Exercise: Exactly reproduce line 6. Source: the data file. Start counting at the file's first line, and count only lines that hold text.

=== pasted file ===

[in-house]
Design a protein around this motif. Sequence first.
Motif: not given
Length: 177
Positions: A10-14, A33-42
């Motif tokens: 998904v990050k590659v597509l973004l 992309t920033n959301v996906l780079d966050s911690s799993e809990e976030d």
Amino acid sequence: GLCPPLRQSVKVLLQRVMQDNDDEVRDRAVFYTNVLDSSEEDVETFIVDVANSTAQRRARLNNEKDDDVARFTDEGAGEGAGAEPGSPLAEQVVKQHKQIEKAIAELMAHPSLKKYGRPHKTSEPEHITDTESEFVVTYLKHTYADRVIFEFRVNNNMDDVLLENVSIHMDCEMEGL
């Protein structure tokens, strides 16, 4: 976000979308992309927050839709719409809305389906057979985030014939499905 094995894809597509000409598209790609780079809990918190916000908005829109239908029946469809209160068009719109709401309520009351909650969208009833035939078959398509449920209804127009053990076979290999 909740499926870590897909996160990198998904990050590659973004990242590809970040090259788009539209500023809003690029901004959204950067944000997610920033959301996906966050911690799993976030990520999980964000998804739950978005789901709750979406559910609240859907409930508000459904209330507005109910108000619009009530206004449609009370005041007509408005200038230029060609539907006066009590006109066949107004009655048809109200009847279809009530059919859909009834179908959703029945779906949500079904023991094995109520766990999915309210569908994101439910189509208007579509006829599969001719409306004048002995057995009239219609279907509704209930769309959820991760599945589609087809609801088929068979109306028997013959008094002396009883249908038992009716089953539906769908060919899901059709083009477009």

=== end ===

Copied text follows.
């Motif tokens: 998904v990050k590659v597509l973004l 992309t920033n959301v996906l780079d966050s911690s799993e809990e976030d």